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The River Press.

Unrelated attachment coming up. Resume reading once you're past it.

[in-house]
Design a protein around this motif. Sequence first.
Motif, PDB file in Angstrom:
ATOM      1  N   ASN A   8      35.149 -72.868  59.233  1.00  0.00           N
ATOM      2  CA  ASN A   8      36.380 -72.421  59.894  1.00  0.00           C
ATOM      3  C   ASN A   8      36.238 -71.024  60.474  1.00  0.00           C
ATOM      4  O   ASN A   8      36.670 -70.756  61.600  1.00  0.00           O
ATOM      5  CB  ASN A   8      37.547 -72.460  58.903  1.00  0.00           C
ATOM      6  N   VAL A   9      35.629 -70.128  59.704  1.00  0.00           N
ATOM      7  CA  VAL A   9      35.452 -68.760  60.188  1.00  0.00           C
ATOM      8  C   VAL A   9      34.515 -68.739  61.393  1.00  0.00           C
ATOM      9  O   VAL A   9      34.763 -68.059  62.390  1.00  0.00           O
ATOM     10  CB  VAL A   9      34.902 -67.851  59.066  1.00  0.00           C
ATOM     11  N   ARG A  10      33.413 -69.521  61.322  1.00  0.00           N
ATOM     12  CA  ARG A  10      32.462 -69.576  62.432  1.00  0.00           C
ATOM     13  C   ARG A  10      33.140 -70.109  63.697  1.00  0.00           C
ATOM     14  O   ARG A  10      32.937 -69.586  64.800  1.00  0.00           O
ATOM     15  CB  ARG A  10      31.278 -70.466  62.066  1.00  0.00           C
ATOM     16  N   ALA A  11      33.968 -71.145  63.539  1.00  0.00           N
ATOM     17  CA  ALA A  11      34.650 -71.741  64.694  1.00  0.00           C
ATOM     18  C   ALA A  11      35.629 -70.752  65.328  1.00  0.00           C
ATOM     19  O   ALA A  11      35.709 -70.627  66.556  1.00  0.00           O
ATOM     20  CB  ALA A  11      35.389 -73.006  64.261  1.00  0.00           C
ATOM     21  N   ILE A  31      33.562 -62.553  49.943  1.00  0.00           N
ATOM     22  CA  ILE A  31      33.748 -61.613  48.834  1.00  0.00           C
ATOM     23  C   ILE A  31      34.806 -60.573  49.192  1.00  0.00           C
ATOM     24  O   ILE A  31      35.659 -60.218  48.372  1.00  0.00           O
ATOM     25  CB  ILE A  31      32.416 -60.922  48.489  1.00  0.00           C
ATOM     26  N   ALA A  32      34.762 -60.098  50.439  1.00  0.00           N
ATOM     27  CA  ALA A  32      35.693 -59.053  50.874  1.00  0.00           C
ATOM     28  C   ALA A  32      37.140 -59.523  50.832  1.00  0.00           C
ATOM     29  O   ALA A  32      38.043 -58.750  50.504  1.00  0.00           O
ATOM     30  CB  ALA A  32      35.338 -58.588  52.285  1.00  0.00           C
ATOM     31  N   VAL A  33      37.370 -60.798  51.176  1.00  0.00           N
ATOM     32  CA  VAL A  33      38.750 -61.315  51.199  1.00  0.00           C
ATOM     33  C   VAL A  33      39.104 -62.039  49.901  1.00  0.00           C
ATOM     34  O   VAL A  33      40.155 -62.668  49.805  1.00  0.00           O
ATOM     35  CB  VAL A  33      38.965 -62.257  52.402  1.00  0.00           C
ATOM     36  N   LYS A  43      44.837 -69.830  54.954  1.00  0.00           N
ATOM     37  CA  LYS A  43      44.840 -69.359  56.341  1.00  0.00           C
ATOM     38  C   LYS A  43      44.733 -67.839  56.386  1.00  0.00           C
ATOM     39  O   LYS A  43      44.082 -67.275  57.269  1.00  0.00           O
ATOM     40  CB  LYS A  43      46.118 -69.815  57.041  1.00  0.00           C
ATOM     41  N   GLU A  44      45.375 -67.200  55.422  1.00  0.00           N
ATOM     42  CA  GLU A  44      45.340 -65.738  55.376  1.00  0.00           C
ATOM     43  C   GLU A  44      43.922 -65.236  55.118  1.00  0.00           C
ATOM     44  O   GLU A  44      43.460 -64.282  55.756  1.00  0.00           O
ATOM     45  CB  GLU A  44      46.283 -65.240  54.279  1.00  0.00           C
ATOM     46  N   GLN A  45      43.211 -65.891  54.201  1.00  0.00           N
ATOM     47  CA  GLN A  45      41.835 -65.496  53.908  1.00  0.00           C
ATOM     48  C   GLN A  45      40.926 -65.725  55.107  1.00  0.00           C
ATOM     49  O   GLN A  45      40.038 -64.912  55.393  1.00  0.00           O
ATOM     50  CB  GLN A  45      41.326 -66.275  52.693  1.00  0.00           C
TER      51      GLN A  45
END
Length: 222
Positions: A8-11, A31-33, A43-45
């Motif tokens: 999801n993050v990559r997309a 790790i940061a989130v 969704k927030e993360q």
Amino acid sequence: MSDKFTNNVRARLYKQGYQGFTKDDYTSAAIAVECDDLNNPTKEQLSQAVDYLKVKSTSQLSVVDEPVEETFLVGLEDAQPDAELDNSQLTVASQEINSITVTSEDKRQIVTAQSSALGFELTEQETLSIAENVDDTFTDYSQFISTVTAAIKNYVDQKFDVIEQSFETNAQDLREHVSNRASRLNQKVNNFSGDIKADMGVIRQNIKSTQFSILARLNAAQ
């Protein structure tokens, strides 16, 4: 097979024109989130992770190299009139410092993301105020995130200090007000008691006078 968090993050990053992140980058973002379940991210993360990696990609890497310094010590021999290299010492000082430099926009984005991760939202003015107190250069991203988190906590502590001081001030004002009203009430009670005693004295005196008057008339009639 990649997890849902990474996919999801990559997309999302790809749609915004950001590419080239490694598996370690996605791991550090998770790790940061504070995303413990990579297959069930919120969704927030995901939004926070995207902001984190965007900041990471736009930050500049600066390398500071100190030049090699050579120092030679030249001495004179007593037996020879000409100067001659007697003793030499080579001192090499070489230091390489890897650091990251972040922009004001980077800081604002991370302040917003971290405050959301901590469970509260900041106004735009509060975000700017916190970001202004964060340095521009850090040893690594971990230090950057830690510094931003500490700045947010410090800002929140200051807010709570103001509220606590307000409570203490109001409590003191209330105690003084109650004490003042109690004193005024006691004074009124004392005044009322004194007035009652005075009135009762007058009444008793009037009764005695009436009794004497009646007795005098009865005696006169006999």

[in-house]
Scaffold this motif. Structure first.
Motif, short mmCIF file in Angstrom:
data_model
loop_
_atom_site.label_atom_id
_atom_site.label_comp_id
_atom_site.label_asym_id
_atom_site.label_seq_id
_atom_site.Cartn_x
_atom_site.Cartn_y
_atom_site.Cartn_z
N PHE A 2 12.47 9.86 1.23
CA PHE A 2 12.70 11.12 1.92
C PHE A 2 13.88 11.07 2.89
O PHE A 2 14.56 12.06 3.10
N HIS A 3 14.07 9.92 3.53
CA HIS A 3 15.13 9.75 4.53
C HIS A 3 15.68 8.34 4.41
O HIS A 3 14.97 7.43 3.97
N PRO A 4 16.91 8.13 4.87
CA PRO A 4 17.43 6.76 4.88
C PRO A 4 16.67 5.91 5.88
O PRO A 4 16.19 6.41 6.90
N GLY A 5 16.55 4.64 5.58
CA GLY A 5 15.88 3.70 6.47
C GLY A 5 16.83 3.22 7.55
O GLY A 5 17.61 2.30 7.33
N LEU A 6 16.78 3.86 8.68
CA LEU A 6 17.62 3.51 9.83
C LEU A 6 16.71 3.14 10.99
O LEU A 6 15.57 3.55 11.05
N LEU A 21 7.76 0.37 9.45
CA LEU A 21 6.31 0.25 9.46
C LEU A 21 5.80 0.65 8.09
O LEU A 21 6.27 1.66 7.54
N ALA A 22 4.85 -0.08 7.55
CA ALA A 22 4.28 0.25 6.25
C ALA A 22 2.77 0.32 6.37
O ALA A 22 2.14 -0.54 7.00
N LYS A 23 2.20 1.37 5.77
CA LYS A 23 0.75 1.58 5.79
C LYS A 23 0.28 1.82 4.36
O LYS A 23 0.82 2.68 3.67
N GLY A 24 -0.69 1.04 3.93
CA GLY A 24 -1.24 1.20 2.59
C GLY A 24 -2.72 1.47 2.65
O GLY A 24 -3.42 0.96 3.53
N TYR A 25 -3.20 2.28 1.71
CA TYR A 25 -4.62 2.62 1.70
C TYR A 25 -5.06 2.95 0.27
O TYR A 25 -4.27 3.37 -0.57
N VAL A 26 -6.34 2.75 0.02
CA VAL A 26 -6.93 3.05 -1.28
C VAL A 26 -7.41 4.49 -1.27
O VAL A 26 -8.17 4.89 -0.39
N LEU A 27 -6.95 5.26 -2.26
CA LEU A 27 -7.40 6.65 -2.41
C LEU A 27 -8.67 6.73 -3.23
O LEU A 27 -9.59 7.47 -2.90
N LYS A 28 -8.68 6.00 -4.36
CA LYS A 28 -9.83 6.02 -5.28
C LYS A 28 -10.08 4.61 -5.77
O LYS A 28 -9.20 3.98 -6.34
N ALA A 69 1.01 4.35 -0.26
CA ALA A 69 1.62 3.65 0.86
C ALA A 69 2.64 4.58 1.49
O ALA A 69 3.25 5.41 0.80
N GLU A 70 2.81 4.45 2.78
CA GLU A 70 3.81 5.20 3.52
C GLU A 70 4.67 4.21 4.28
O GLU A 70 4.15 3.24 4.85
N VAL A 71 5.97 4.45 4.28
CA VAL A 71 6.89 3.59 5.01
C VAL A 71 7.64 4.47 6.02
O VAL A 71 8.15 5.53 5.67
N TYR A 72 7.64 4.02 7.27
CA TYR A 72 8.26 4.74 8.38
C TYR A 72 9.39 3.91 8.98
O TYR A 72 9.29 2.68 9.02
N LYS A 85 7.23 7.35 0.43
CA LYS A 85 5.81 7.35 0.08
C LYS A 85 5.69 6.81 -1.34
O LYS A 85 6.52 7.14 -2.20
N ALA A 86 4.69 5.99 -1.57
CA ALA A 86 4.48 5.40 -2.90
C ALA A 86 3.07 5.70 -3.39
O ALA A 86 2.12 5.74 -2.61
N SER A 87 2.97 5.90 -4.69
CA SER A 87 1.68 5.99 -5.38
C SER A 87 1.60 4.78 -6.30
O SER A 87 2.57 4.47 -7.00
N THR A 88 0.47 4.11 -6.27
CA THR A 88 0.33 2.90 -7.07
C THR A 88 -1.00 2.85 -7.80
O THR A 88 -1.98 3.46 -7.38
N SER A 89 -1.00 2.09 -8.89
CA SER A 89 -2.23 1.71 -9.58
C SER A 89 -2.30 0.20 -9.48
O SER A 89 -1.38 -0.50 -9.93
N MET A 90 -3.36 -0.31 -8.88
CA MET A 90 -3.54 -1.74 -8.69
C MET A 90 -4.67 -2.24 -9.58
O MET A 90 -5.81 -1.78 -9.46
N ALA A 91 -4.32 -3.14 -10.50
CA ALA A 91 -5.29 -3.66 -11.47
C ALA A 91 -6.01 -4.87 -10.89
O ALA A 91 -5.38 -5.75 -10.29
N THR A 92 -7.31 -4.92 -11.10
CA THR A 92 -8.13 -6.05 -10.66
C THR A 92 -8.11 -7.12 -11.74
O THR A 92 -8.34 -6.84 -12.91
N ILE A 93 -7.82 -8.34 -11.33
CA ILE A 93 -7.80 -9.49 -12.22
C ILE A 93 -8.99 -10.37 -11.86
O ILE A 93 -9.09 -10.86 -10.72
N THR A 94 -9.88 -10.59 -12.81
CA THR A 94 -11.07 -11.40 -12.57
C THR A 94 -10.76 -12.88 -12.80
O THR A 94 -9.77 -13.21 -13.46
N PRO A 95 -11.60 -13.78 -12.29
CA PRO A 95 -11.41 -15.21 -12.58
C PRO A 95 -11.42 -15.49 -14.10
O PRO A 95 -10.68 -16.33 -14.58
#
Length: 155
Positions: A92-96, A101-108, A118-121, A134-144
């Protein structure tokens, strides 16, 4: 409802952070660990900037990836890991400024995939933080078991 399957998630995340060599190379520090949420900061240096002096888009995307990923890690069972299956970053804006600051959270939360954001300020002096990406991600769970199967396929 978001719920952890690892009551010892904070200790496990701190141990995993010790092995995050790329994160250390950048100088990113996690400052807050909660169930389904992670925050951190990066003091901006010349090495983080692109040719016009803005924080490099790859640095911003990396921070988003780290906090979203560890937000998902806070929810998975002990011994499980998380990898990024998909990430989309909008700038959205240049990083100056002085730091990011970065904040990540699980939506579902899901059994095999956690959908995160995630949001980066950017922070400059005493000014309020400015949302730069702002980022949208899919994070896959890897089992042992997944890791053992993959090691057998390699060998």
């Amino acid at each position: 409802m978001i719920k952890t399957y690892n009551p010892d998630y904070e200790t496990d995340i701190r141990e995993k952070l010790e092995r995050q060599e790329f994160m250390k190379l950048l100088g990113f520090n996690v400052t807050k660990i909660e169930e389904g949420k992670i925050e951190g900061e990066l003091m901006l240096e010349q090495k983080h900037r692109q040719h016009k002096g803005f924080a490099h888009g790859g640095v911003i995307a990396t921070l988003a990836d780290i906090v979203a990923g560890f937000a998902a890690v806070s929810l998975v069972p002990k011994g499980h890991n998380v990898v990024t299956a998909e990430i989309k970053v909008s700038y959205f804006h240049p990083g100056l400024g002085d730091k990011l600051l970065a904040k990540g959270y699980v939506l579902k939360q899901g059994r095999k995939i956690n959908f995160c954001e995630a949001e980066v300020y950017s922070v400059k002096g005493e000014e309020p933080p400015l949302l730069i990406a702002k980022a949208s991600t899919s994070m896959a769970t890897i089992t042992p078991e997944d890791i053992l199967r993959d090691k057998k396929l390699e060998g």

Terms of Subscription: payable in advance. One year 0° Six months 1 00 All Utters and communications containing mat ter intended for -publication in-this paper should be addressed to " The River Press," and the name Of the writer must be given to insure attention. Local advertisements will be inserted in t/u se alumns at the rate of ten cents per line from transient and five cents per line from regular ad vertisers. WEDNESDAY, JULY 13, 1904. JUDGE ALTON ». PARKER. Judge Alton B. Parker, the presi dential candidate of the democratic party, was comparatively unknown in national politics until a few months ago when a movement in his behalf was engineered by ex-Senator David B. Hill, of New York, and a syndicate of financial interests who wished to res cue the party from control by the Bryan element. This purpose has been accomplished by the nomination of the New York jurist and the adop tion of a platform which practically repudiates Bryanism and its theories. The friends of Judge Parker claim that he will carry New York state, and it is possible this boast will be fulfilled. Seven years ago he was elected chief justice by a democratic plurality of 60,889, although in the previous year McKinley carried the state by a plurality of over 268,000. In the year following the election of Judge Parker as chief justice, Mr. Roosevelt was the republican candi date for governor of New York state, and secured a plurality of 17,876 over Van Wyck, the democratic nominee. In the presidential election of four years ago, Mr. McKinley had a plur ality of over 143,000 in New York state. According to a biographical sketch of Judge Parker recently published by the New York World, the judge was born on a farm near Cortland some fifty-two years ago. He attend ed the village schools and worked about the farm. When sixteen years old he taught school in a country dis trict and established his authority by thrashing the school bully. Then he taught school at Binghamton. Pre sently he was a teacher at Accord, in Ulster county, at $3 a day. He in tended to go to Cornell university and was saving money for that purpose, but his father's necessities drew from his slender income, and his hopes of a university course failed. Lie moved to Kingston and entered the law office of Schoonmaker & Hardenbergh as a clerk. Then lie entered the Albany Law school, and upon graduating lie returned to Schoonmaker & Harden bergh. Within a few months he took a partner named Keuyon and opened a law office at Kingston. Kor twelve years the young lawyer practiced his profession in Kingston. He had a good income and won several impor tant cases. In 1S77 lie was elected surrogate of Ulster county and was afterward elect ed for a second term. That was his first experience of public office. His entrance into politics was due simply to his love for his old employer, J udge Schoonmaker, who had been driven out of politics. He believed that the judge had been wronged and set out to restore him to popular favor. So earnest was his campaign that he soon became a recognized political factor in Ulster county, being a favorite of Mr. Tilden and Mr. Manning, who trusted and consulted him. In 1*85 he was induced to become chairman of the democratic state executive commit tee, and in the campaign which he managed David B. Hill was elected governor. Mr. Hill appointed him to a seat on the supreme court bench when Jastice Westbrook died. When Judge Parker was thirty-three years old he was unanimously nomi nated for the supreme court bench by the democrats. The republicans would not nominate an opponent. Not a vote was cast against him. He served on the supreme court bench until his election as chief judge of the court of appeals in 1807 by a plurality of about 60,000 votes. During his nineteen years on the bench he has ignored politics. In 1SU6 and 1000 he voted for Mr. Bryan, but it was well understood that he was a sound money mau and merely accepted the will of the majority in his party. Judge Parker's wife was Miss Schoonmaker of Accord, a woman of rare refinement and jrood Dutch revo lutionary blood. Their daughter mar ried the Rev. Charles M. Hale, rector of an Episcopal church at Kingston, which is within easy driving distance of Esopus. The judge's son died two years ajro. Itryan Had Severe Chills. The following story is goiuj* the rounds among insurance men. In ap plying for some additional life insur ance recently William Jennings Bry an had to fill up the usual questions as printed on the application sheet. One query was: "Have you ever suffered from fever of any kind?" To this Mr. Bryan replied: "Yes, from two attacks of presidential fever, both of which were followed by se vere chills. Have completely recov ered. " BRYAN AND PARKER. The result of the democratic nation al convention is a severe defeat and humiliation for Mr. Bryan and his friends. The latter had some consola tion in the success of their efforts to exclude the money question from the party platform, but when Judge Par ker, after his nomination, declared himself in favor of the gold standard, the Bryan element was handed a cup of bitterness against which they made indignant but unavailing protest. Although Mr. Bryan has pledged himself to support the nominees of the convention, his estimate of Judge Par ker is pretty generally known. In a speech delivered in New York some three weeks ago, he expressed himself upon the subject somewhat freely, his remarks being in part to this effect: "I want to give some reasons for my opposing Mr. Parker. I believe that he would be a weak candidate in the campaign, and, if elected, a great disappointment to the people. "Mr. Parker goes before the country on a cowardly, straddling platform. The democrats of this country are brave men. It required brave men to stand up for democracy in 1896. I knew in that year men in every state who were threatened with bankruptcy for being democrats. "Where does Parker stand on im perialism'. J We don't know. Where does he stand on the money question? Is he for gold? We don't know. Is» he for silver? We cannot tell. May be he is for radium—who can tell. "I object to playing with loaded dice. We don't know Parker's views; but I am afraid some men do. My friends, don't trust him. "I charge that while Parker has concealed his views from the people he has made them known to the men behind him. "What is Mr. Belmont's considera tion in the Parker candidacy? He is too shrewd a financier to invest his money without being sure of the re turn of the goods. If Mr. Parker dealt honestly he would say to Mr. Belmont what he says to others, that his lips are sealed and if he did so he would not be Mr. Belmont's candi date. "It has been a fraudulent campaign. They have openly bought men and conventions, and any man who count enances 'that work does not deserve the office of president. In Connecti cut men were bought at the conven tions in Parker's interest. I denounce Mr. Parker's candidacy as one car ried on by trampling upon the rights of democrats. "Parker is traveling as a negative quantity. He stands for nothing posi tive. lie reminds me of the story of the man who, in the praise of a child, said that it looked and breathed. So Parker looks at the great financial lights and breathes." MONTANA AT THE CONVENTION. Here is the record of Montana's del egates in the democratic national con vention: Major Magiums, member of the committee on resolutions, assisted Mr. Bryan in excluding a money plank from the platform. The entire delegation voted for J udge Parker, who was opposed by Mr. Bryan's friends. At the closing session of the con vention Montana's six delegates voted against recognizing Judge Parker's gold standard views as good demo cratic doctrine. The entire delegation voted for Sen ator Turner for vice-president, and then switched to Davis, the candidate of the Hill-Belmont combine. Judge 1'iirker's Running Mate. A biographical sketch of the demo cratic caudidate for vice-president says Henry Gassaway Davis has been leader in the development of the natural resources of West Virginia. He was born upon a farm near Balti more November 16, 182;», and from earliest youth was thrown upon his own resources, his father's death leav ing the family in such circumstances that the boy had to aid iu the support of his mother and the other children. His first employment was on a farm. After the completion of the Baltimore iV Ohio railroad Davis obtained work as a brakemau. In the railway ser vice he advaueed till he was agent at Piedmont. His travel back ami forth through the country familiarized him with the resources and the people of the region, and he determined to enter business for himself. He organized the firm of II. G. Davis A; Co.. at Piedmont, and at once began investing in coal lauds, which were then inaccessible, but to which he afterward built railway lines. He is one of the wealthy men of the South, and is prominently interested in railway aud financial enterprises. Mr. Davis has always been a demo crat. His first public service began iu 166Ö, when he was elected to the house of delegates of West Virginia. Later he served in the state senate. He was 1'nited Slates senator from 1S71 to 1*S3. Atlanta Journal: A likeness of Grover Cleveland is reported to have been seen in the heavens Sunday. Mr. Bryan would probably locate the like nes-s somewhere elte. PARKER RECEIVES CONGRATULATIONS. Eastern Democrats Send Greeting to Their Presidential Candidate. Esopus . July 11.—Telegrams of congratulation showered on Judge Al ton B. Parker this morning. The judge was up at the usual hour and looked over his mail and telegraph messages and then went for a long horseback ride in the country. The afternoon was spent at Rosemont answering telegrams and letters. Among the telegrams this morning were congratulations from Cleveland, Francis and Hearst. The latter said: "I hope and believe that battling for the people and for such principles you will lead the democracy to victory." Grover Cleveland said: "You must permit me to express my gratitude and admiration for the splendid manifest ation of honor and courage you have given to your countrymen and to de mocracy in your St. Louis dispatch." President Francis, of the St. Louis exposition, said: "Those who have been asking that you announce your position on issues can no longer have any question as to your convictions or to your courage to express them." Philadelphia , July 11.—In speak ing today of the action of the demo cratic national convention Wm. F. Harrity, former chairman of the demo cratic national committee, said: Judge Parker's timely telegram to the convention has strengthened his candidacy immensely. His action with reference to the absence from the platform of a gold plank declaration showed great courage, and decision of character, I predict that his strength will increase as the campaign pro gresses. Suicides Are Increasing. Washington , July 11.—The census bureau is taking cognizance of the su icidal mania that occasionally sweeps over the country with such violence. The latest bulletin, recently issued,. 6hows that this country still makes a comparatively favorable showing, the proportion of suicides being smaller than in most of the European states. None the less, the total is large, 77, 617 for the past 13 years, and, unfor-« tunately, it is increasing. It is larg est in the towns and in certain cities, notably San Francisco, St. Louis, Chicago and New York, the average of continental Europe is reached. At the same time it should be stated that a majority of the self-murders are committed by persons of foreign birth, Americans generally having a hope ful disposition, which encourages them to keep on after a reverse, with the belief that success will ultimately come to them. With the American element, however, suicide is growing more prevalent with the greater rush and hurly-burly of life. Kansas Floods Receding. Washington , July 11.—Acting Sec retary of War Oliver has telegraphed General Bell to issue 1,000 tents and live days' rations for the relief of the Hood sufferers around Kansas City. The supplies will be drawn from Leavenworth. Kansas City, Mo ., July 11. —With the exception of a part of Kansas avenue, in the lower part of Armour dale, the lloodwaters in Kansas City, Kansas, suburbs had practically dis appeared today. It will be several days, however, before some of the streets in the lowest portion of Ar mourdale are dry, as the river must fall below the sewer mouths to allow the water to draiu out. Many hun dreds of persons are being fed by the city with the aid of the government rations sent from Fort Leaveuwortb. Will l 'use With Populists. St. Louis , .Lily 11.—After three conferences held Saturday night by members of the executive committee of the people's party with prominent Bryan democrats who are dissatisfied not so much with the platform as with the presidential nomination by the democratic national convention, it has been decided by the conference of the leaders to decide on some action dur ing the coming campaign. 1'his statement is given on the au thority of George Wa»hburn, of Bos ton, now treasurer of the people's party, who with several members of the national executive committee of that party, lias been in St. Louis at tending the democratic national eon vention. Mr. Washburn when asked to divulge tue names of some of his associates in the conference declined to malic them known. Commenting on Judge Parker's nomination, Mr. Washburn said: "Next to Cleveland, the populists most desired the nomination of Park er. His nomination emphasizes the parting of the ways of the allied forces and will help immensely to re store the populist party to its former strength aud effectiveness." Stockyards Men May Strike. Chicago , July 11.—A general strike of the employes of all the big packing plants throughout the country was or dered tonight by Michael J. Donnelly, president of the Amalgamated Meat Cutters and Butchers' Workmen of America. Unless the packing com panies offer toœt; -ort of compromise SEASON... O mm READY TQ SHARPEN. Notwithstanding the fact that hay is a little shorter this year than usual, you require the most modern devices for putting it up economically and in as good shape as possible. To this end we have been working, and feel con= fident that we are, to say the least, as well prepared to fill your requirements as any honse in northern ilontana. A chance to fill your orders is all we ask to prove our ability. Our line consists in part of the following : Deering Hewers in 41Û, 5 and 6»foot cuts; Deering & Thomas 8, g 1016 and 12 -foot rakes; double harpoon, Louden's balance grapple, and Jackson forks. Cable and cable carriers in an endless supply, cable loop and stop clamps, ball=bearing grindstones and unmounted stones, sickle grinders and everything usually carried by an up-to-date house. COME AND SEE US. BENTON HARDWARE COMPANY. to the demands of the union, the 49, 600 workmen affected by Donnelly's order will quit tomorrow at noon. The strike involves most of the large packing houses. In Chicago alonej these companies employ more, than 14,000 men, all of whom wiii quu work tit trie sumo time ci- tîo t. ht;*, (i-icir! m if employe? ou lai du of Chicago. Mob Breaks Kmbatikrtioit. TOPElvA, Kan.. July 11.— An order ly uiob of about il,5o0 reputable citi zens of North Topeka took a Union Pacific workman iraiu Sunday after noon and .went four miles west of town and with picks and shovels dug. a ditch three feet deep and 75 feet long through the railway embankment. This was done to allow the water to escape to the river instead of through the town. The "mob" then returned to their homes. Another expedition was made in a similar manner against the Santa Fe tracks west of town. A gang; of section men were working there, but they mat:.: n-j opposition io lie tear* or a section of the eta avait IHR HooJlcr Pleads Guilty. S t . LOUiS, July 11. —Charles A. Denny, a f irmer member of the muni cipal asscin i'y, charged with bribery in connection with the city lighting deal, pit-::. guilty today. Sentence! wr:.- .cf-rred. Lh.-nny is the third of the nineteen former members •»>" ;he : a-s>'n;b: y iudicted or, various ohuives of bribery who pleaded tr.idtv PERIL IN THE HANDSHAKE. Not long ago Dr. J. N. Hirsch, of Chicago, said: "The most delicate perfume upon the hands is not a sign of freedom from germs, and the most refined are not free from dis ease of lungs or throat, and the germs are rapidly spread by touching the hand that has handled the handkerchief of one afflict ed with a cold, catarrh or consumption. The breath one inhales from the lungs of another may contain germs of disease." You will not only be able to resist the germs of consumption, but many thousands of cases have been known where persons who were suffering from incipient phthisis, or the early stages of consumption were absolutely cured by Dr. Pierce's Golden Medical Dis covery. It maintains a person's nutrition by enabling him to eat, retain, digest and assimilate food. It overcomes the gastric irritability and symptoms of indigestion, and thus the person is saved from those symptoms of fever, night-sweats, headache, etc., which are so common. An alterative extract like Dr. Tierce's Golden Medical Discovery, made of roots and herbs, without the use of alcohol, will assist the stomach in assimilating or taking up from the food such elements as are required for the blood, will assist the liver in throwing olT the poisons in the system. Do not permit some designing druggist to insult your intelligence by offering you a remedy which he claims is "just as good " —because he made it up himself, or ten chances to one you will get a medicine made up largely of alcohol, which will only weaken the system. Dr. Pierce's Golden Medical Discovery js lieartly recommended by every person who has ever used it and it has stood the test of thirty-eight years of approval from people all over the United States. Fr. ke - Dr. Pierce's Common Sense Medical Adviser is sent free on receipt of stamps to pay expense of mailing only. Send 2i one-cent stamps for the book in paper covers, or 31 stamps for the cloth boutul volume. Address Dr. R. V. Pierce, Buffalo, N. Y. Dr. Pierce's Pellets cure biliousness. ESTABLISHED 1894. GRLXT r .RLLS , MONTANA DAY SCHOOL NIGHT SCHOOL A School Fitting Students for Business Positions. Ne a ' pupiU may enter aî any time, there being 110 term divisions or entrance examinations. School of Bookkeeping Shorthand and Typewriting, English Department, Penmanship, Busines« L'ractice, Oorresp mlenee, Business Arithmetic, German. \W assist our students to positions. School ill year. Instructions, private and class. Lessons by mail. Now*is a good time to beirin the study :#f Music, Pian ), Cornet, Guitar, Mandolin, Violin. Call at office or write for catalogue. S. H. B auman, Pres. p. c. 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